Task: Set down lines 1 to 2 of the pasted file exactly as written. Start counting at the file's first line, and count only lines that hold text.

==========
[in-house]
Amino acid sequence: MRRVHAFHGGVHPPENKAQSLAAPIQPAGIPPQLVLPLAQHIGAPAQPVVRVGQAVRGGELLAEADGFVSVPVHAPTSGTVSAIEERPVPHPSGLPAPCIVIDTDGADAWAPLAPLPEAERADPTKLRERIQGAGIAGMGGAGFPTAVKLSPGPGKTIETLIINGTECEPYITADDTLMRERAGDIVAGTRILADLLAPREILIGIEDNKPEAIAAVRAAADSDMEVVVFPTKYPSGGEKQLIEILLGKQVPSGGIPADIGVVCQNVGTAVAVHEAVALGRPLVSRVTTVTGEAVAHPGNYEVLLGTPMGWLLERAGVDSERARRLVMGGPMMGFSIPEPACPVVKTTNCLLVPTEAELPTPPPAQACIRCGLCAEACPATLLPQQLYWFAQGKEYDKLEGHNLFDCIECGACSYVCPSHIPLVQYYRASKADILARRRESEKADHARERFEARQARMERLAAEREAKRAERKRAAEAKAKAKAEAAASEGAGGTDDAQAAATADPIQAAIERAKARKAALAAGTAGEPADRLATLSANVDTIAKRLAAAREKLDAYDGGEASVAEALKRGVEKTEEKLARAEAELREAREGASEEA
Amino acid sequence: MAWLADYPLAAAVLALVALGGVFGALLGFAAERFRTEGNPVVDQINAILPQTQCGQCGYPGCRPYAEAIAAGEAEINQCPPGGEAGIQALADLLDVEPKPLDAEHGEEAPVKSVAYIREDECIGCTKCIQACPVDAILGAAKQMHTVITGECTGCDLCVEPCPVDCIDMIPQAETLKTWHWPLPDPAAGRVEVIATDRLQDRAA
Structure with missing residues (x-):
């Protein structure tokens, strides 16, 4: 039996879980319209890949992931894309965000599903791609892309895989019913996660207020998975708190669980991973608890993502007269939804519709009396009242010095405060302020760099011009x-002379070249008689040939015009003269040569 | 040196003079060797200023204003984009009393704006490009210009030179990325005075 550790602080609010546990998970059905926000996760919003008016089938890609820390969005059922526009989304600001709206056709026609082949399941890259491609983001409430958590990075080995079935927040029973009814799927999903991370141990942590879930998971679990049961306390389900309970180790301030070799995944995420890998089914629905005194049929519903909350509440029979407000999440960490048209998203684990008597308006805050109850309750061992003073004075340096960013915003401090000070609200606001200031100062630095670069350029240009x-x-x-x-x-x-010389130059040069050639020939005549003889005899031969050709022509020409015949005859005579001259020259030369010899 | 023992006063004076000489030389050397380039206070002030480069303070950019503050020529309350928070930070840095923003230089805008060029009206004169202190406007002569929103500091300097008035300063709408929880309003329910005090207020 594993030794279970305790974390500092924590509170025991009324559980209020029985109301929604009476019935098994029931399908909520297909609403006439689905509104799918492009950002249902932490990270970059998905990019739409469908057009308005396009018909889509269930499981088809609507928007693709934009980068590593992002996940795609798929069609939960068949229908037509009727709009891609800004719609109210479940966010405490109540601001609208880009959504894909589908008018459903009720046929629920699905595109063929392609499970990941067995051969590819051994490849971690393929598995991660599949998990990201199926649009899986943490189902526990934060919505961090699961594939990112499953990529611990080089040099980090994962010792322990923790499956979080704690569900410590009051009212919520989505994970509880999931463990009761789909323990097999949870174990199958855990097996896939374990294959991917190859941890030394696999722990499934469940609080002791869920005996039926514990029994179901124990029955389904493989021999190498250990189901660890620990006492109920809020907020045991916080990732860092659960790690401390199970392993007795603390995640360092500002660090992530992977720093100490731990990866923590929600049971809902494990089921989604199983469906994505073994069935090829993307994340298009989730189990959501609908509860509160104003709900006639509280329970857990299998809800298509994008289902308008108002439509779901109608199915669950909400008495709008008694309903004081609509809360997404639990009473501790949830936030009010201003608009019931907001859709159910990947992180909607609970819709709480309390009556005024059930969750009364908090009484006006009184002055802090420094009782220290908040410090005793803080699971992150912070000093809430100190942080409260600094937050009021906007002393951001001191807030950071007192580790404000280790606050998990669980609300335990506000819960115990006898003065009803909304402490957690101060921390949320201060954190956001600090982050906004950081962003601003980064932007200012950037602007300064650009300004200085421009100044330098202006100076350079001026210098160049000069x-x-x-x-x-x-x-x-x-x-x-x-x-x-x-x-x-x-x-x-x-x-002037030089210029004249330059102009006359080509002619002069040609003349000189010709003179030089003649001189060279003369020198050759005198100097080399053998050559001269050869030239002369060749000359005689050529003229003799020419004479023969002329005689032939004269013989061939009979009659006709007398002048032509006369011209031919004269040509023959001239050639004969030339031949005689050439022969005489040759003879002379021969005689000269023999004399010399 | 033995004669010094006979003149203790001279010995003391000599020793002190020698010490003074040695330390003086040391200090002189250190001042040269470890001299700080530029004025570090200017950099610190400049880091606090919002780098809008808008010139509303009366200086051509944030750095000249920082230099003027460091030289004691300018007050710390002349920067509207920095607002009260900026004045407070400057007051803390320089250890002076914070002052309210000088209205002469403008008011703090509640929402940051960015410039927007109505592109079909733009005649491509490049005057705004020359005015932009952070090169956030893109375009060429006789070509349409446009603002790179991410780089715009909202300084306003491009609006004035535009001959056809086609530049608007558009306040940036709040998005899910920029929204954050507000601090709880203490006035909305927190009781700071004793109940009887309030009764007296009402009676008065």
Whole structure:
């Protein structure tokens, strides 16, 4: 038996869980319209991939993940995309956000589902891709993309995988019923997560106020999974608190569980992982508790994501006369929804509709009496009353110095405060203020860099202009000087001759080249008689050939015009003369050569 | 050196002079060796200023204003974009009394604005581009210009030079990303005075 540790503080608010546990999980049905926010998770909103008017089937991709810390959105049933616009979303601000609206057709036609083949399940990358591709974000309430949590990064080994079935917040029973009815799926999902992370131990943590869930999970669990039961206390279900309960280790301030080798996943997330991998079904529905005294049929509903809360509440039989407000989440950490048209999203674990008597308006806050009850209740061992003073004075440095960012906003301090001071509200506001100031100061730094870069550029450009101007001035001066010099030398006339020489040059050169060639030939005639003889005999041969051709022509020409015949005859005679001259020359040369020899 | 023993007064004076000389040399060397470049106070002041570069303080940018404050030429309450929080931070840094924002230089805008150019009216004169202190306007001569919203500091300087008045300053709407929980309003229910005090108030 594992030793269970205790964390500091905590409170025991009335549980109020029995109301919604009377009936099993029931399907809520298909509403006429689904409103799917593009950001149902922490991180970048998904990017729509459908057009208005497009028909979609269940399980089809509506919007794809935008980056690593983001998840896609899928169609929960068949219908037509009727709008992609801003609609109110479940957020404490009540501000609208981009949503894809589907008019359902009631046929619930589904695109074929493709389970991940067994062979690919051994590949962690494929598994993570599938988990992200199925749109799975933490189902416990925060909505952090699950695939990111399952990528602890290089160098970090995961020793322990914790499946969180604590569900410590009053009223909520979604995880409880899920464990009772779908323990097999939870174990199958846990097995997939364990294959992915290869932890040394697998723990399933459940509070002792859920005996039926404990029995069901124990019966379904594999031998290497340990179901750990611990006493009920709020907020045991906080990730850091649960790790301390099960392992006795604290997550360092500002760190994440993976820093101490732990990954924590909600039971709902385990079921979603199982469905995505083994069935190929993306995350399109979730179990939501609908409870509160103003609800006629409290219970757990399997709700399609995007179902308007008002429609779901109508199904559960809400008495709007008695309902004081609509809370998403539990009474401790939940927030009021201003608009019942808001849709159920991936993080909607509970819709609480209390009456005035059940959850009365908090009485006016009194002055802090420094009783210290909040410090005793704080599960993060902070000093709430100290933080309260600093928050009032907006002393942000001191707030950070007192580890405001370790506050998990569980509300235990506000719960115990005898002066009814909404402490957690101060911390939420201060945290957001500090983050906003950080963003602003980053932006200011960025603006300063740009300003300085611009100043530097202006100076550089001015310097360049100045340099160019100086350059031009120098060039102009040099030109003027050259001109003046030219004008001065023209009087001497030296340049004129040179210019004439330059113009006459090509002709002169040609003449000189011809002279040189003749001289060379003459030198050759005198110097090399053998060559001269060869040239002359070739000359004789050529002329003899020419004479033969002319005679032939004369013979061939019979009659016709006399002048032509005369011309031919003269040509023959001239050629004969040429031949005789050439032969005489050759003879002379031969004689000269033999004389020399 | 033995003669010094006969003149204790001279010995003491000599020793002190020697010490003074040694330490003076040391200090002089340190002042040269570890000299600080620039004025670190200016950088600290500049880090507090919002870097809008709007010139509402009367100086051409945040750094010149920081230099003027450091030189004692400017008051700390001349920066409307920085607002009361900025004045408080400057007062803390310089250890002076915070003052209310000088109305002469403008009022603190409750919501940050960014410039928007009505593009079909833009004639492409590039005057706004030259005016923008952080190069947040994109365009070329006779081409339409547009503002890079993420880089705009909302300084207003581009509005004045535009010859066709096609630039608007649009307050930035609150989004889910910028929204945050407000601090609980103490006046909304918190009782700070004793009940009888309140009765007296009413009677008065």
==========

[in-house]
Amino acid sequence: MRRVHAFHGGVHPPENKAQSLAAPIQPAGIPPQLVLPLAQHIGAPAQPVVRVGQAVRGGELLAEADGFVSVPVHAPTSGTVSAIEERPVPHPSGLPAPCIVIDTDGADAWAPLAPLPEAERADPTKLRERIQGAGIAGMGGAGFPTAVKLSPGPGKTIETLIINGTECEPYITADDTLMRERAGDIVAGTRILADLLAPREILIGIEDNKPEAIAAVRAAADSDMEVVVFPTKYPSGGEKQLIEILLGKQVPSGGIPADIGVVCQNVGTAVAVHEAVALGRPLVSRVTTVTGEAVAHPGNYEVLLGTPMGWLLERAGVDSERARRLVMGGPMMGFSIPEPACPVVKTTNCLLVPTEAELPTPPPAQACIRCGLCAEACPATLLPQQLYWFAQGKEYDKLEGHNLFDCIECGACSYVCPSHIPLVQYYRASKADILARRRESEKADHARERFEARQARMERLAAEREAKRAERKRAAEAKAKAKAEAAASEGAGGTDDAQAAATADPIQAAIERAKARKAALAAGTAGEPADRLATLSANVDTIAKRLAAAREKLDAYDGGEASVAEALKRGVEKTEEKLARAEAELREAREGASEEA